A House Republican has stepped up his battle with leaders of the Federal Trade Commission over a year-old plan to move the regulatory agency out of its ornate, 75-year-old headquarters to expand exhibit space for the National Gallery of Art.
On Thursday, House Transportation and Infrastructure Committee Chairman John Mica, R-Fla., raised the issue at a meeting with Dan Tangherlini, the General Services Administration’s acting chief. All five FTC commissioners sent a statement on Wednesday opposing the move as expensive and wasteful, writing at the invitation of Sen. Dick Durbin, D-Ill., chairman of the Senate Appropriations Subcommittee on Financial Services and General Government.
Mica and the GSA chief met to discuss more general issues relating to the recent scandal over GSA’s lavish spending on a 2010 Las Vegas training conference.
“We had a productive meeting and discussed some of the challenges facing the GSA,” Mica said in a statement to Government Executive. “We will be working with the acting administrator to ensure the agency operates in a responsible manner. I also briefed him on the pending proposal and request regarding the FTC, and given the GSA’s current circumstances, I agreed to allow more time for the agency to respond to the committee’s request for information.”
On March 8, the House Transportation and Infrastructure Committee passed a resolution asking GSA for a layout of how FTC employees could be located in 370,000 square feet of space in the privately-owned Constitution Center in Southwest Washington, which already houses the Office of the Comptroller of the Currency, the Federal Housing Finance Agency, and the Securities and Exchange Commission.
The resolution asks GSA to weigh two proposals for housing FTC; one would move the headquarters and two satellite offices to the Constitution Center and the other would leave one satellite office at its current location on M Street NW. It asks GSA to factor in use of the Constitution Center’s common areas, such as its cafeteria, as well as office space for full-time contractors but not interns. It originally gave the beleaguered agency 30 days to comply.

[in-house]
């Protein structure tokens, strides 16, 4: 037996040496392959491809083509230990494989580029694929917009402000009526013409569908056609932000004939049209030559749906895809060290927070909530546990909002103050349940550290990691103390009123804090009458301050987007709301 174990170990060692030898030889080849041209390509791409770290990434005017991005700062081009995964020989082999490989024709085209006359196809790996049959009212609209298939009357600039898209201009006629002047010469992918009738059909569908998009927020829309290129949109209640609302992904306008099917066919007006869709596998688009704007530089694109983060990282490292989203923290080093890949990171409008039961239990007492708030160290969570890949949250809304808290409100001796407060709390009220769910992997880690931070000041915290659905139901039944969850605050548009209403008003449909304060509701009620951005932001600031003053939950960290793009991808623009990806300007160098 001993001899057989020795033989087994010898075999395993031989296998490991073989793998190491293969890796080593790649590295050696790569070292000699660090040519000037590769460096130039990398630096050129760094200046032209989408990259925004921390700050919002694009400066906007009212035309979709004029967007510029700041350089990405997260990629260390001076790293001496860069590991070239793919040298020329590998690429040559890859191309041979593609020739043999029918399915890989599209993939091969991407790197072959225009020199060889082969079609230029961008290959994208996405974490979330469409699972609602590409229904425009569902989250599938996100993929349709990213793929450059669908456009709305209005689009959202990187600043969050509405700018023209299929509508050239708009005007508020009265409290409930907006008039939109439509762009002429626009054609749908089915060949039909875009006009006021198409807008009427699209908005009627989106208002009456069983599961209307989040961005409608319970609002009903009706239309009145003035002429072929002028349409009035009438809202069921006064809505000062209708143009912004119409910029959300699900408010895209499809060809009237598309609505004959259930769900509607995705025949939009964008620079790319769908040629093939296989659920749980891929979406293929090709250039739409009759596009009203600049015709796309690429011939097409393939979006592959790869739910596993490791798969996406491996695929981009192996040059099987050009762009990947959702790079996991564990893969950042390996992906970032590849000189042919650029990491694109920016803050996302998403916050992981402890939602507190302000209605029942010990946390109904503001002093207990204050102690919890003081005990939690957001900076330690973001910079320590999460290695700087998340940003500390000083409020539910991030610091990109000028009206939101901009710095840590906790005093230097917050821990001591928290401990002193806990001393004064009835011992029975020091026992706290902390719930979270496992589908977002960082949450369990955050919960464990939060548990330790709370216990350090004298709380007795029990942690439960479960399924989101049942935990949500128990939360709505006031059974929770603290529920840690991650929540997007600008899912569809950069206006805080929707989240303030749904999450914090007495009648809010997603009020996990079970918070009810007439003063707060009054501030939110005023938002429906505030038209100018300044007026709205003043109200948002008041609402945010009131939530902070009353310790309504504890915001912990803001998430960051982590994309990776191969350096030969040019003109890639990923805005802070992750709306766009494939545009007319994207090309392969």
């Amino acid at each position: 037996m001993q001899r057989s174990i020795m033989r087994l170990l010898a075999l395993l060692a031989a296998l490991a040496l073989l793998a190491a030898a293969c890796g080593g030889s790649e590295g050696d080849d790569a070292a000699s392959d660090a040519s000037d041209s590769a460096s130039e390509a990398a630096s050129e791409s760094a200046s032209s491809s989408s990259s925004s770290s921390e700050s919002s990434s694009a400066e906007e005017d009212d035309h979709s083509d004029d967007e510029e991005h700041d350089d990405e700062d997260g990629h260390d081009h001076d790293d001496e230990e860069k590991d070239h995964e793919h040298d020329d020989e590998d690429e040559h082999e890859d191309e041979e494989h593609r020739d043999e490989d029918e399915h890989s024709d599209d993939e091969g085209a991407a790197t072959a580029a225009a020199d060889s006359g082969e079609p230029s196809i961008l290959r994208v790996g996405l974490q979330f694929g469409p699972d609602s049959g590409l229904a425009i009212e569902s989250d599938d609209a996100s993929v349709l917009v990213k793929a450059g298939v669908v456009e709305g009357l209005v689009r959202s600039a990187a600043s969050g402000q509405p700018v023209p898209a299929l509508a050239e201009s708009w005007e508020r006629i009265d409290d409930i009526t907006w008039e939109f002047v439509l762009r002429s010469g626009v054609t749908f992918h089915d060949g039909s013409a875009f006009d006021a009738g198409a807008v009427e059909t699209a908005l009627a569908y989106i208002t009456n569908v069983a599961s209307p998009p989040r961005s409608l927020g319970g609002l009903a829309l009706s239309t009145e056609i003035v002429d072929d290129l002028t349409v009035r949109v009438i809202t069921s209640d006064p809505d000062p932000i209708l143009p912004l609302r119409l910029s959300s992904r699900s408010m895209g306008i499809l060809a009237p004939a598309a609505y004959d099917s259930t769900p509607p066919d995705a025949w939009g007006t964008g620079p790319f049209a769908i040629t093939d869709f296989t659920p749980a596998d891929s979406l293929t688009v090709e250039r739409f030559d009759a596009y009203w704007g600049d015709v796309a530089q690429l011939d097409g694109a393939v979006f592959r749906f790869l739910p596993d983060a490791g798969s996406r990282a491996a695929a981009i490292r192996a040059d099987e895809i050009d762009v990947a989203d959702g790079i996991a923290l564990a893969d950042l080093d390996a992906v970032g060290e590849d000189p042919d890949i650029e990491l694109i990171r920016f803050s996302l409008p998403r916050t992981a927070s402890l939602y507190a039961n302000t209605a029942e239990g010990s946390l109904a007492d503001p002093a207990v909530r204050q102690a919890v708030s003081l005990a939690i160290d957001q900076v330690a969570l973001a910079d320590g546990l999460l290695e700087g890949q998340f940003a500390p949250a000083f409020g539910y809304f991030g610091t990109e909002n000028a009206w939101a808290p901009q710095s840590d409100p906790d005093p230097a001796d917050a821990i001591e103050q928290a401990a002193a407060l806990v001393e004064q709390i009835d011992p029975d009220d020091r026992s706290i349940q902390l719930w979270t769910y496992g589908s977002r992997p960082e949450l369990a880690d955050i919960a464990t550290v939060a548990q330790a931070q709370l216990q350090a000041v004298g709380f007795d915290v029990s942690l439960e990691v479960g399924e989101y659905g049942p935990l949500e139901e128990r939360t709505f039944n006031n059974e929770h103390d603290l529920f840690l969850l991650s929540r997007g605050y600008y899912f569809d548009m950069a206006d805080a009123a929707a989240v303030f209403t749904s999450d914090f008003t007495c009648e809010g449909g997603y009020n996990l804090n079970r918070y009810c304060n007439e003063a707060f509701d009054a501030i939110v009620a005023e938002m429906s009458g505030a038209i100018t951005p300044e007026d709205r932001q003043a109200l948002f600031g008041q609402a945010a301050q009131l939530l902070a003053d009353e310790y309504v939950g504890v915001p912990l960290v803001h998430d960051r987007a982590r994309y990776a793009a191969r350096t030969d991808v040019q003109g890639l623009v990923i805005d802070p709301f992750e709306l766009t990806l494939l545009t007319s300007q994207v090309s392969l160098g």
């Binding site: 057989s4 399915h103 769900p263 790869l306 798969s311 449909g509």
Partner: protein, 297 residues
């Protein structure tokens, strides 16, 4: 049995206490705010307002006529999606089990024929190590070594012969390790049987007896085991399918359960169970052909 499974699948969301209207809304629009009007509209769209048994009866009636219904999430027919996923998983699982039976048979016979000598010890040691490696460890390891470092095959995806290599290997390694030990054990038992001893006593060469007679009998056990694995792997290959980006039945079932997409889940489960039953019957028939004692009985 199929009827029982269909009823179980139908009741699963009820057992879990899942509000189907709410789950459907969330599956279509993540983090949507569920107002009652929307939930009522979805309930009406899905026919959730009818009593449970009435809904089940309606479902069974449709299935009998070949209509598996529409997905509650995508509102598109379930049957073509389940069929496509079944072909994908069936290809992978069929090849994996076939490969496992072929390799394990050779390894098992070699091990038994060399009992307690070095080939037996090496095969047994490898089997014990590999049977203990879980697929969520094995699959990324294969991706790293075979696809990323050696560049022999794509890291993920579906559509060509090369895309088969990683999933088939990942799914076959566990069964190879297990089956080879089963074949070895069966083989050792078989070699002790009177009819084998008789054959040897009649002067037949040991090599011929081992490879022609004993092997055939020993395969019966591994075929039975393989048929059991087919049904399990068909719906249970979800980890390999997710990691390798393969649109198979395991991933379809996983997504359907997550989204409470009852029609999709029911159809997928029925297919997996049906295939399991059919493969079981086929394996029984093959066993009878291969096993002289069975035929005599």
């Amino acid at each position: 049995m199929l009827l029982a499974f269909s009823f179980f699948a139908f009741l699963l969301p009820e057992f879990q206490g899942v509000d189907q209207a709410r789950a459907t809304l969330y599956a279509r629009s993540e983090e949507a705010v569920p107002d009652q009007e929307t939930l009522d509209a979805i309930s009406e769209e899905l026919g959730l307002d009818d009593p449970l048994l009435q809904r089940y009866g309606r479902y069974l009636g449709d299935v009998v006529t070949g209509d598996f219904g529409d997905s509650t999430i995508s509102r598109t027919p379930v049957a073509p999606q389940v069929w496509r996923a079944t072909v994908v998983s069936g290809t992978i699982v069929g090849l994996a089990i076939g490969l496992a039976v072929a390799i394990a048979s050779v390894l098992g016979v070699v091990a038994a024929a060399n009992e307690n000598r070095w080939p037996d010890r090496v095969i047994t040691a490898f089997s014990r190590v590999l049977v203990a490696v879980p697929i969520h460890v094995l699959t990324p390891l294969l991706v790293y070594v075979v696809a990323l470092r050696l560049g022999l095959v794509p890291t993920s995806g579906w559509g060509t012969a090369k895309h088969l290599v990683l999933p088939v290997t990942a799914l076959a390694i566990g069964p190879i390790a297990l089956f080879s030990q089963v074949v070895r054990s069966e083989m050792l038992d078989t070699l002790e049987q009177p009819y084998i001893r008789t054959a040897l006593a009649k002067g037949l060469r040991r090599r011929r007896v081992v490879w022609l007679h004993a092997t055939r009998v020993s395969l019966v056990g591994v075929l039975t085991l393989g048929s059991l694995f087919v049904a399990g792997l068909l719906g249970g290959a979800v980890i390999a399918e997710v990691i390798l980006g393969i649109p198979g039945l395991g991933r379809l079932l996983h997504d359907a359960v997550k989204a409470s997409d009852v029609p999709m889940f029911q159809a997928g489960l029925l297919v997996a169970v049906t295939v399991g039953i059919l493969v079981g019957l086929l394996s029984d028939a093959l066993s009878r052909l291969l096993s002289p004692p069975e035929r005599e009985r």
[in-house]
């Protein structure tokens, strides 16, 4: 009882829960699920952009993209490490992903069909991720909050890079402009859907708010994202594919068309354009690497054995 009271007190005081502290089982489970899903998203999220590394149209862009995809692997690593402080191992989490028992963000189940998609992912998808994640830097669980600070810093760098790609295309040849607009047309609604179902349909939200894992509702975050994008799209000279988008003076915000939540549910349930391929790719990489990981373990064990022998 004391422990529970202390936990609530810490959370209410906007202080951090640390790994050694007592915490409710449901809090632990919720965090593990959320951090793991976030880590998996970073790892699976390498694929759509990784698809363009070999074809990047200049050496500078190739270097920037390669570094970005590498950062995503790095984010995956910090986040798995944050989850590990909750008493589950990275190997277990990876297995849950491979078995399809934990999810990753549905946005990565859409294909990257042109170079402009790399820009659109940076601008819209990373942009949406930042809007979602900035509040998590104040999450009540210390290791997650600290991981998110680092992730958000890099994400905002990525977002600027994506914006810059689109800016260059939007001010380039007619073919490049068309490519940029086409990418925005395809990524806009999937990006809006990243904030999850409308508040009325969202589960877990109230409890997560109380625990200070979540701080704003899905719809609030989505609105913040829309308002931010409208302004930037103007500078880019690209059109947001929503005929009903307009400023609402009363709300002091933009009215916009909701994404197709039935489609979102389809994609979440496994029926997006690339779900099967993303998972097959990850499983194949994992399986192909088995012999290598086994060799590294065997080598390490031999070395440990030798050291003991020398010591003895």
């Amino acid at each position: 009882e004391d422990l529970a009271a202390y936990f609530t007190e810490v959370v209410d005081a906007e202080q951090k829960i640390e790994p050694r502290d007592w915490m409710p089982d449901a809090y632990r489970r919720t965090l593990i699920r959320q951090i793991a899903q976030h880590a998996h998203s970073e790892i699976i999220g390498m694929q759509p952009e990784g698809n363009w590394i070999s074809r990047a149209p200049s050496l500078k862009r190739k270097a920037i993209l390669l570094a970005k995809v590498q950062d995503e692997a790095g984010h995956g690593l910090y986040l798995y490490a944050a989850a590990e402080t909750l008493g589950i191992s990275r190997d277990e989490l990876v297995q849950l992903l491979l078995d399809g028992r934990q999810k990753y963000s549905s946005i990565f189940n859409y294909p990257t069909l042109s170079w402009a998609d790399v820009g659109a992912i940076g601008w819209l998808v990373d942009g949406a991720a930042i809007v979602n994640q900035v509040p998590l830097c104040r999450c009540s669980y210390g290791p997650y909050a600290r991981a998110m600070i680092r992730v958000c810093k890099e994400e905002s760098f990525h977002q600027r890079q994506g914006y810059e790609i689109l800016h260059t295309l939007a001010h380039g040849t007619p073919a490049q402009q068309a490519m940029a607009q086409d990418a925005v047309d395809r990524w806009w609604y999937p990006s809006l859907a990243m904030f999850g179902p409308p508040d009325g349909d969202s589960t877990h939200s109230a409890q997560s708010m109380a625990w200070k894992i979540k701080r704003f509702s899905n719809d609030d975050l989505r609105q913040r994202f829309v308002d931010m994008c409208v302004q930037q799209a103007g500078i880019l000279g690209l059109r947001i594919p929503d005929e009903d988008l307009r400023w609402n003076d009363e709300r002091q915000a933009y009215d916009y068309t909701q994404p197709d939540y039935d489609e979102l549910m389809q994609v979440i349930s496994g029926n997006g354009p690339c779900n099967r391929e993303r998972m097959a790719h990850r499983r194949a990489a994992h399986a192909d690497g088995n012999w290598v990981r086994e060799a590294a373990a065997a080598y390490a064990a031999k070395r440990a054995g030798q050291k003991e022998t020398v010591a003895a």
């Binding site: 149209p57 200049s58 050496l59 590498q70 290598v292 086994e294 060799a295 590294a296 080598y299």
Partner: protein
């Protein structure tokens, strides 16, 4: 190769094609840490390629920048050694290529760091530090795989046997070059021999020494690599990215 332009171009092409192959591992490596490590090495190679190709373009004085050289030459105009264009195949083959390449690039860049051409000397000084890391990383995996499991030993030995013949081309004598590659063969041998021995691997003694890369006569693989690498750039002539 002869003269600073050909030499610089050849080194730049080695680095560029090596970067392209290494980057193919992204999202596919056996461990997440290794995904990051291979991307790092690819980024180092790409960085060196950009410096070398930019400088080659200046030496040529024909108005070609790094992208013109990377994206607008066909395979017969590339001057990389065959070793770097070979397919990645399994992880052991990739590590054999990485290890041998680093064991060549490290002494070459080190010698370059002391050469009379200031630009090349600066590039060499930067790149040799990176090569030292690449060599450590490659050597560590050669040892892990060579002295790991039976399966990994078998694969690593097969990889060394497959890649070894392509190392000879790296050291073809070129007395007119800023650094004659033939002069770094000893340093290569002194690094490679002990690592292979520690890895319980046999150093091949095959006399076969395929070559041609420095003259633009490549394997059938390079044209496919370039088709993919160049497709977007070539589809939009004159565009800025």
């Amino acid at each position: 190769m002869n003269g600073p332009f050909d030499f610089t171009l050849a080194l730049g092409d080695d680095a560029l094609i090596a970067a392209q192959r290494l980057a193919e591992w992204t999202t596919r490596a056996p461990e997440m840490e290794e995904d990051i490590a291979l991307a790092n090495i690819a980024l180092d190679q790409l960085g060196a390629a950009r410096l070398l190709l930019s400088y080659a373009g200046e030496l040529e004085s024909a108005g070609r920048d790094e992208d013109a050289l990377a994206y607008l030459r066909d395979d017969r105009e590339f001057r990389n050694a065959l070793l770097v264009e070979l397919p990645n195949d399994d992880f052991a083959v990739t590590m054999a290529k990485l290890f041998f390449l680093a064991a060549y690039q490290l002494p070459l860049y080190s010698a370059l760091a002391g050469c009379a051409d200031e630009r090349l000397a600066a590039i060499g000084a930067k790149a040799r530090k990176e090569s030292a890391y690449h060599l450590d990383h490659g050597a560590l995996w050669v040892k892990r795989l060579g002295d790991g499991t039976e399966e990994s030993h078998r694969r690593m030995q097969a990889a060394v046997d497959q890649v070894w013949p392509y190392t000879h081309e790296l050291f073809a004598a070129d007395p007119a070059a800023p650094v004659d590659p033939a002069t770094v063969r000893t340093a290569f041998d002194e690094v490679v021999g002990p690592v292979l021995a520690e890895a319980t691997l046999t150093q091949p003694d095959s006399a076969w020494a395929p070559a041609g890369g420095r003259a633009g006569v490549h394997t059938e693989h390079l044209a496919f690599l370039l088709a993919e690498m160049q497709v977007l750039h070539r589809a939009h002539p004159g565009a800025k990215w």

Mica has sought to increase exhibit space for the Art Gallery directly across from FTC’s headquarters at the confluence of Constitution Ave. and Pennsylvania Ave., and the Gallery has stated that it could raise private funds to remodel the new space.
The Mica proposal was blasted, as in the past, by all five FTC commissioners -- Chairman Jon Leibowitz, J. Thomas Rosch, Edith Ramirez, Julie Brill, and Maureen Ohlhausen. “Instead of saving the government money, the proposed transfer would needlessly forfeit a valuable federal building and could initially cost well over $100 million, with substantial additional costs incurred for years to come,” they wrote. “Such an unprecedented giveaway would be contrary to the interests of American taxpayers, especially in this time of fiscal austerity.”
FTC leaders argued the gallery’s intention to raise private funds notwithstanding, taxpayers still would be on the hook for maintenance and operations funding. They said the move alone would cost from $70 million to $83 million, because of the need for “replication of the FTC’s sophisticated Internet and forensic labs, litigation support technology, and pre-merger filing databases, as well as the agency’s data center.”
They added that the move to commercial space and the need to pay rent would deny the Federal Building Fund $6 million and eat into FTC’s appropriation, while opening the possibility of being forced to move yet again in the future. “At a time when all federal agencies face budget cuts,” the commissioners wrote, “the FTC is particularly concerned that the agency might have to bear the wholly unnecessary cost of being moved out of the FTC building and into commercial space.”
Mica’s staff said he is skeptical that FTC’s cost-per-square foot estimates for the move are accurate and in line with modern office planning guidelines.
FTC spokesman Peter Kaplan noted the estimated cost for moving the data center alone is $24 million to $34 million, and there would be additional costs for replicating the computer forensic lab, both of which might have an impact on the per-square-foot estimates.
National Gallery spokeswoman Deborah Ziska said, “We’re fully in support of the proposal, but it’s up to Congress.” On the issue of taxpayer funds being required for operations and maintenance, she said this happens on all gallery property, but “we expect that operations and maintenance costs would be fully offset, if we were to move into the new space, by future off-site lease savings.”